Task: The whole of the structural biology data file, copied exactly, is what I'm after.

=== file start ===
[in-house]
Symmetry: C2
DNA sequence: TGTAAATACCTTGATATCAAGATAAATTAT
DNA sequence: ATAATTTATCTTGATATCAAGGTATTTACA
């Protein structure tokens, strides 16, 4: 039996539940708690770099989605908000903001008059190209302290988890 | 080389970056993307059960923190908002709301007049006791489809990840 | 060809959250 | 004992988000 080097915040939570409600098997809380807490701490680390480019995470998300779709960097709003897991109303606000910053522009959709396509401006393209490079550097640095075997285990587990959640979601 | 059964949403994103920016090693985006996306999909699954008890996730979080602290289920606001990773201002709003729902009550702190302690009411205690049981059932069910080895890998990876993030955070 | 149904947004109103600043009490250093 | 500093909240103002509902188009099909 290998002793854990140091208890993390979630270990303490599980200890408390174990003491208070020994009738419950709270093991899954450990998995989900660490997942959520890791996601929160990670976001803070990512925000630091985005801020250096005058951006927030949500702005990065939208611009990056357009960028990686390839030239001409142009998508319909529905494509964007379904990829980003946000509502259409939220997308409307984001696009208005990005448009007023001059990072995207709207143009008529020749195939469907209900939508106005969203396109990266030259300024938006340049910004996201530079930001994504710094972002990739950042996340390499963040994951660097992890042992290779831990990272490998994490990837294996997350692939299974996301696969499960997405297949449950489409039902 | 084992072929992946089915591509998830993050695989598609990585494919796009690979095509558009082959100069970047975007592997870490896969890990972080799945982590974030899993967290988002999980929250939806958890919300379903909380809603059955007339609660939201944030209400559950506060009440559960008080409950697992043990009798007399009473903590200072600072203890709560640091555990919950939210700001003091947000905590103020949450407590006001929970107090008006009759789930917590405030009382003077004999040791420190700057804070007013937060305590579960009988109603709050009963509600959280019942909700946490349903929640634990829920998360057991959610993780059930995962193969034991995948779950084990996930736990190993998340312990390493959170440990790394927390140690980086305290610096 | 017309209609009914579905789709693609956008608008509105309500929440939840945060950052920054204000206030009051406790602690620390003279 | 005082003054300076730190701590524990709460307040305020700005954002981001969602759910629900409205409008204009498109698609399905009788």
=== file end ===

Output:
[in-house]
Symmetry: C2
DNA sequence: TGTAAATACCTTGATATCAAGATAAATTAT
DNA sequence: ATAATTTATCTTGATATCAAGGTATTTACA
């Protein structure tokens, strides 16, 4: 039996539940708690770099989605908000903001008059190209302290988890 | 080389970056993307059960923190908002709301007049006791489809990840 | 060809959250 | 004992988000 080097915040939570409600098997809380807490701490680390480019995470998300779709960097709003897991109303606000910053522009959709396509401006393209490079550097640095075997285990587990959640979601 | 059964949403994103920016090693985006996306999909699954008890996730979080602290289920606001990773201002709003729902009550702190302690009411205690049981059932069910080895890998990876993030955070 | 149904947004109103600043009490250093 | 500093909240103002509902188009099909 290998002793854990140091208890993390979630270990303490599980200890408390174990003491208070020994009738419950709270093991899954450990998995989900660490997942959520890791996601929160990670976001803070990512925000630091985005801020250096005058951006927030949500702005990065939208611009990056357009960028990686390839030239001409142009998508319909529905494509964007379904990829980003946000509502259409939220997308409307984001696009208005990005448009007023001059990072995207709207143009008529020749195939469907209900939508106005969203396109990266030259300024938006340049910004996201530079930001994504710094972002990739950042996340390499963040994951660097992890042992290779831990990272490998994490990837294996997350692939299974996301696969499960997405297949449950489409039902 | 084992072929992946089915591509998830993050695989598609990585494919796009690979095509558009082959100069970047975007592997870490896969890990972080799945982590974030899993967290988002999980929250939806958890919300379903909380809603059955007339609660939201944030209400559950506060009440559960008080409950697992043990009798007399009473903590200072600072203890709560640091555990919950939210700001003091947000905590103020949450407590006001929970107090008006009759789930917590405030009382003077004999040791420190700057804070007013937060305590579960009988109603709050009963509600959280019942909700946490349903929640634990829920998360057991959610993780059930995962193969034991995948779950084990996930736990190993998340312990390493959170440990790394927390140690980086305290610096 | 017309209609009914579905789709693609956008608008509105309500929440939840945060950052920054204000206030009051406790602690620390003279 | 005082003054300076730190701590524990709460307040305020700005954002981001969602759910629900409205409008204009498109698609399905009788």